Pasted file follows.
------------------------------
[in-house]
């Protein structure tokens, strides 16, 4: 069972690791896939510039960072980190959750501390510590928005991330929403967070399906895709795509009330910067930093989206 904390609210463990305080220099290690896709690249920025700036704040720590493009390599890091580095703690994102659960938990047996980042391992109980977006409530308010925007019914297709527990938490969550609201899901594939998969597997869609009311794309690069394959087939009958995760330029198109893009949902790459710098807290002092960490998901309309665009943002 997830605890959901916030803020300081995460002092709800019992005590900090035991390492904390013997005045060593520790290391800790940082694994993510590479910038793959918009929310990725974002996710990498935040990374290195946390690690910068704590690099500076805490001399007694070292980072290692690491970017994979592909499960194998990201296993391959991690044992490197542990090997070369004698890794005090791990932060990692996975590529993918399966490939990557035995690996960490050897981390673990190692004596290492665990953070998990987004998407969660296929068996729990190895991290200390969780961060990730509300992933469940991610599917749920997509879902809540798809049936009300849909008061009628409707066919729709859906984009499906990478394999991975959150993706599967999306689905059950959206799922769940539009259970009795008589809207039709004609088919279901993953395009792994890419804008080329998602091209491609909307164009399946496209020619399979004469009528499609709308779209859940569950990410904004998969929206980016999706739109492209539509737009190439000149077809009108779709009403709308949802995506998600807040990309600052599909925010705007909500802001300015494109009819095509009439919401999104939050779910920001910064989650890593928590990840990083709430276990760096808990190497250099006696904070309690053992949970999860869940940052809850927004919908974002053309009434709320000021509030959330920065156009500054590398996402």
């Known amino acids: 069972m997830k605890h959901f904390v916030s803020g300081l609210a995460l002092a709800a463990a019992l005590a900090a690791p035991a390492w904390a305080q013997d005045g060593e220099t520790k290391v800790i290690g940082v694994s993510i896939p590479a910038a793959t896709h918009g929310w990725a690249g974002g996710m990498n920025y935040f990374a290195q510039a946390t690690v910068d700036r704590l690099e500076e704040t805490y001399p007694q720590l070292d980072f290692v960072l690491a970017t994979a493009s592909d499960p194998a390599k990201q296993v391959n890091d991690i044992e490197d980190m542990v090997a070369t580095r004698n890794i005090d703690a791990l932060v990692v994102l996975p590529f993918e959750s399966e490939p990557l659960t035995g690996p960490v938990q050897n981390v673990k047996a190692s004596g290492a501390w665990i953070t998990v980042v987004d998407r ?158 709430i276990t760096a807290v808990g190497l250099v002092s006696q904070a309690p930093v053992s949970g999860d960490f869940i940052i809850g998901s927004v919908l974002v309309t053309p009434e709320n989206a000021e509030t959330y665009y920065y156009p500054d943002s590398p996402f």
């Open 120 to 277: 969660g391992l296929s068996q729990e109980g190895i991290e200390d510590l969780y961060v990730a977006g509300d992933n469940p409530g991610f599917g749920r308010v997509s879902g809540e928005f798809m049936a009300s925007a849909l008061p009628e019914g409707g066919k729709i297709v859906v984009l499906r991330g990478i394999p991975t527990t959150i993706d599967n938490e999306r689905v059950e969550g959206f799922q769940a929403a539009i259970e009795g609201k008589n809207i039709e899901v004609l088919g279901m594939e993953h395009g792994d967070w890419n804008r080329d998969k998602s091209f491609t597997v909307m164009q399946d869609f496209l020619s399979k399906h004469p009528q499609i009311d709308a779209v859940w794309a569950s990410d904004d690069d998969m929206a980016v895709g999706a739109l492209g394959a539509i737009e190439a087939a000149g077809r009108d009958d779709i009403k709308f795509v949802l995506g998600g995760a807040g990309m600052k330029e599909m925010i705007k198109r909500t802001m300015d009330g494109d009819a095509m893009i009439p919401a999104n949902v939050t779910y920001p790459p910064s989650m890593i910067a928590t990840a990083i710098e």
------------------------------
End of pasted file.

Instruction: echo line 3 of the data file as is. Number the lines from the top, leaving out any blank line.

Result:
């Known amino acids: 069972m997830k605890h959901f904390v916030s803020g300081l609210a995460l002092a709800a463990a019992l005590a900090a690791p035991a390492w904390a305080q013997d005045g060593e220099t520790k290391v800790i290690g940082v694994s993510i896939p590479a910038a793959t896709h918009g929310w990725a690249g974002g996710m990498n920025y935040f990374a290195q510039a946390t690690v910068d700036r704590l690099e500076e704040t805490y001399p007694q720590l070292d980072f290692v960072l690491a970017t994979a493009s592909d499960p194998a390599k990201q296993v391959n890091d991690i044992e490197d980190m542990v090997a070369t580095r004698n890794i005090d703690a791990l932060v990692v994102l996975p590529f993918e959750s399966e490939p990557l659960t035995g690996p960490v938990q050897n981390v673990k047996a190692s004596g290492a501390w665990i953070t998990v980042v987004d998407r ?158 709430i276990t760096a807290v808990g190497l250099v002092s006696q904070a309690p930093v053992s949970g999860d960490f869940i940052i809850g998901s927004v919908l974002v309309t053309p009434e709320n989206a000021e509030t959330y665009y920065y156009p500054d943002s590398p996402f």